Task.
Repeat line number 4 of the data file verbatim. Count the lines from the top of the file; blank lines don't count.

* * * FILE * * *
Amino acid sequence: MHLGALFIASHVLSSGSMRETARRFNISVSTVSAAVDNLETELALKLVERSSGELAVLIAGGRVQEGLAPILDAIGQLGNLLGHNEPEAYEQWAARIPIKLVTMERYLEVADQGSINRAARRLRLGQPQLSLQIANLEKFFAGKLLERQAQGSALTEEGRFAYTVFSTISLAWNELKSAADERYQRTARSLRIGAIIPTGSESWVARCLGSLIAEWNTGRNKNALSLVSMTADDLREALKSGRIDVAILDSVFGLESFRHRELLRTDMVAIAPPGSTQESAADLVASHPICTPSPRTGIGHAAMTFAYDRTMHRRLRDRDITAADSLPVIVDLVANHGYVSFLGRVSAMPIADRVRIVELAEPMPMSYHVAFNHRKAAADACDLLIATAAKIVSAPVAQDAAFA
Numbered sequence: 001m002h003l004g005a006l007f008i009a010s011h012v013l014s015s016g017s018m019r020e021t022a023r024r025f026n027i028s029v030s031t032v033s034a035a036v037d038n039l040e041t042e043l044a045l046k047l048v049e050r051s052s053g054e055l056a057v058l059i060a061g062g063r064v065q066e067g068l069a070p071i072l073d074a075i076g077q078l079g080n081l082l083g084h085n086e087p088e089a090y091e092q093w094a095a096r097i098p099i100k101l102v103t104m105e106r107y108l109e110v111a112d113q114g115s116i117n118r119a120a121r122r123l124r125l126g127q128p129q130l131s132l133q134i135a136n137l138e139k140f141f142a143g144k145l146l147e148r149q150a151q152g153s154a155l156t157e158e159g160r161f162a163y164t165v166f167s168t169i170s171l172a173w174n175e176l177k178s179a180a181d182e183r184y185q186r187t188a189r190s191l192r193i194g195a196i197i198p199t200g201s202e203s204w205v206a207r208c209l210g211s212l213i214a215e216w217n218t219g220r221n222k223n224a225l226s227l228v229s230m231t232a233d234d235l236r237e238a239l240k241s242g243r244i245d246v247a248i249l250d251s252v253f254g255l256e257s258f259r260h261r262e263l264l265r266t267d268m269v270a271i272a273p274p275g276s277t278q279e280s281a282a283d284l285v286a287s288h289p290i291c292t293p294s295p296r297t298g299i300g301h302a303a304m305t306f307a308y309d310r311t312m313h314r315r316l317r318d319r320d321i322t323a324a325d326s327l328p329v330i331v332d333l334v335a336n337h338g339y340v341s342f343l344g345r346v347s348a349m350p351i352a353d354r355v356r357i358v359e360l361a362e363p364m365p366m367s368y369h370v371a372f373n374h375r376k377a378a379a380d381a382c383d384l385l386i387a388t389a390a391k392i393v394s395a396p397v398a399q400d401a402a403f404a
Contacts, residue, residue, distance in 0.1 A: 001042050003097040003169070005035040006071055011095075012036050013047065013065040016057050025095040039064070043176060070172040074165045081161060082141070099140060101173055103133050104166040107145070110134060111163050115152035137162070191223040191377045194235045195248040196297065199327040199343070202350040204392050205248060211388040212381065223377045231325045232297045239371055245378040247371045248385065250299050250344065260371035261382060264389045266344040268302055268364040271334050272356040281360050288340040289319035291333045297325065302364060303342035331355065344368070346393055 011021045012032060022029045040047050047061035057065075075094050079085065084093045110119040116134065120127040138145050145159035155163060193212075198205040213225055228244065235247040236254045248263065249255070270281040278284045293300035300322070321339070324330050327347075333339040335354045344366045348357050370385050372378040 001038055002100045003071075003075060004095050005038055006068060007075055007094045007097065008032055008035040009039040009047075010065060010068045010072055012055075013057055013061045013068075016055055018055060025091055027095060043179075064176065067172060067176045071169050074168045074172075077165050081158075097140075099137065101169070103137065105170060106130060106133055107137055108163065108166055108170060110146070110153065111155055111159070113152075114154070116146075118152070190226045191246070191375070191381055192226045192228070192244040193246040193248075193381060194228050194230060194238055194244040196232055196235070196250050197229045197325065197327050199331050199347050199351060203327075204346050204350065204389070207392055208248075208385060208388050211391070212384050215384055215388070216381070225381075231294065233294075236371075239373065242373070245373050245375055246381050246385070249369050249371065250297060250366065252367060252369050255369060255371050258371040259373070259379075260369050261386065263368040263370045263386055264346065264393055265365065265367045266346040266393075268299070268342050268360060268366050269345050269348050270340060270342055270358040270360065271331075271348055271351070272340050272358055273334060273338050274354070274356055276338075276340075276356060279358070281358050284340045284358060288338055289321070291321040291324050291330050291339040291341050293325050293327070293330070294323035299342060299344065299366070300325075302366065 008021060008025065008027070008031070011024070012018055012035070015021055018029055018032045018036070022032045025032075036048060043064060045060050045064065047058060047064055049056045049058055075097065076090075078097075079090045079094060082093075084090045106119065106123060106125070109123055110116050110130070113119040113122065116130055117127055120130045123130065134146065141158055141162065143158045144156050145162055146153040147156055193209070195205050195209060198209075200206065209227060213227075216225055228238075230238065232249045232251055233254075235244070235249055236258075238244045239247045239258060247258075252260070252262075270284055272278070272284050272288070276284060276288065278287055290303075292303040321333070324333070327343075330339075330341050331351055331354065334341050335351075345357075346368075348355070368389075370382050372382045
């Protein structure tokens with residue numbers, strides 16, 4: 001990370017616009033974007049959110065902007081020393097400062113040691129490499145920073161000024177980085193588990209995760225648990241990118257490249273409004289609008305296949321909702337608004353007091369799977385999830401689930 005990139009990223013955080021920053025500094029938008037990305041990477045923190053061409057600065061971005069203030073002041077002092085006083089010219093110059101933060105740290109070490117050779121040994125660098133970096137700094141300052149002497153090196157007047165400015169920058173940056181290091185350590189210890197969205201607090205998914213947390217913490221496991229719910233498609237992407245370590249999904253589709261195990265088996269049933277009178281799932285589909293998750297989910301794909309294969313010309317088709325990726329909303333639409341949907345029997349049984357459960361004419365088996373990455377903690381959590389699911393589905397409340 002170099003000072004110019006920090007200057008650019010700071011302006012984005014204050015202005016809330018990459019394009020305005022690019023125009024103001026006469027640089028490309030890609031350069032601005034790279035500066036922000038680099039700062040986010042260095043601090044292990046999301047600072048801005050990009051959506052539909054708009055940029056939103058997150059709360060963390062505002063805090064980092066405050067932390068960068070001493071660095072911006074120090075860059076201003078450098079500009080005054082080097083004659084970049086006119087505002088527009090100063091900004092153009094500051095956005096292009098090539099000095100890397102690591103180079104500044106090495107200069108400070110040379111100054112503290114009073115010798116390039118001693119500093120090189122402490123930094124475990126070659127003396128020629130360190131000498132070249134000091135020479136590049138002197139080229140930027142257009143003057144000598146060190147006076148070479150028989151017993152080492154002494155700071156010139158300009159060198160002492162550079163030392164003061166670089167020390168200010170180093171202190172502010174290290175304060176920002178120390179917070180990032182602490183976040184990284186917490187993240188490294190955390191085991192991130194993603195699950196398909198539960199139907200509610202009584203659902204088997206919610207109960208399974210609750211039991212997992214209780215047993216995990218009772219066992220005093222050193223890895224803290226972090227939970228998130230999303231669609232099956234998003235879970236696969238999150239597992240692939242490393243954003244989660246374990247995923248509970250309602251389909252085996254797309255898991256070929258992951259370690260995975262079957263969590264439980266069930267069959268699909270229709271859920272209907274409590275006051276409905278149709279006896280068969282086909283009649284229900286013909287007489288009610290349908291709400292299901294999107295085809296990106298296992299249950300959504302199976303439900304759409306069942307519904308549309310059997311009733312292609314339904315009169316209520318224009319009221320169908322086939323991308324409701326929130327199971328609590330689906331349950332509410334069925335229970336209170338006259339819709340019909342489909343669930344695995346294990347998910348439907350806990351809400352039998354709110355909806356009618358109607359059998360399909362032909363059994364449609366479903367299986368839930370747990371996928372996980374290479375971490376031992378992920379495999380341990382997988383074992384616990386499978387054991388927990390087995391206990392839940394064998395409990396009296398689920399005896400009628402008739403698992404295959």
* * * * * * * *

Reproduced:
């Protein structure tokens with residue numbers, strides 16, 4: 001990370017616009033974007049959110065902007081020393097400062113040691129490499145920073161000024177980085193588990209995760225648990241990118257490249273409004289609008305296949321909702337608004353007091369799977385999830401689930 005990139009990223013955080021920053025500094029938008037990305041990477045923190053061409057600065061971005069203030073002041077002092085006083089010219093110059101933060105740290109070490117050779121040994125660098133970096137700094141300052149002497153090196157007047165400015169920058173940056181290091185350590189210890197969205201607090205998914213947390217913490221496991229719910233498609237992407245370590249999904253589709261195990265088996269049933277009178281799932285589909293998750297989910301794909309294969313010309317088709325990726329909303333639409341949907345029997349049984357459960361004419365088996373990455377903690381959590389699911393589905397409340 002170099003000072004110019006920090007200057008650019010700071011302006012984005014204050015202005016809330018990459019394009020305005022690019023125009024103001026006469027640089028490309030890609031350069032601005034790279035500066036922000038680099039700062040986010042260095043601090044292990046999301047600072048801005050990009051959506052539909054708009055940029056939103058997150059709360060963390062505002063805090064980092066405050067932390068960068070001493071660095072911006074120090075860059076201003078450098079500009080005054082080097083004659084970049086006119087505002088527009090100063091900004092153009094500051095956005096292009098090539099000095100890397102690591103180079104500044106090495107200069108400070110040379111100054112503290114009073115010798116390039118001693119500093120090189122402490123930094124475990126070659127003396128020629130360190131000498132070249134000091135020479136590049138002197139080229140930027142257009143003057144000598146060190147006076148070479150028989151017993152080492154002494155700071156010139158300009159060198160002492162550079163030392164003061166670089167020390168200010170180093171202190172502010174290290175304060176920002178120390179917070180990032182602490183976040184990284186917490187993240188490294190955390191085991192991130194993603195699950196398909198539960199139907200509610202009584203659902204088997206919610207109960208399974210609750211039991212997992214209780215047993216995990218009772219066992220005093222050193223890895224803290226972090227939970228998130230999303231669609232099956234998003235879970236696969238999150239597992240692939242490393243954003244989660246374990247995923248509970250309602251389909252085996254797309255898991256070929258992951259370690260995975262079957263969590264439980266069930267069959268699909270229709271859920272209907274409590275006051276409905278149709279006896280068969282086909283009649284229900286013909287007489288009610290349908291709400292299901294999107295085809296990106298296992299249950300959504302199976303439900304759409306069942307519904308549309310059997311009733312292609314339904315009169316209520318224009319009221320169908322086939323991308324409701326929130327199971328609590330689906331349950332509410334069925335229970336209170338006259339819709340019909342489909343669930344695995346294990347998910348439907350806990351809400352039998354709110355909806356009618358109607359059998360399909362032909363059994364449609366479903367299986368839930370747990371996928372996980374290479375971490376031992378992920379495999380341990382997988383074992384616990386499978387054991388927990390087995391206990392839940394064998395409990396009296398689920399005896400009628402008739403698992404295959």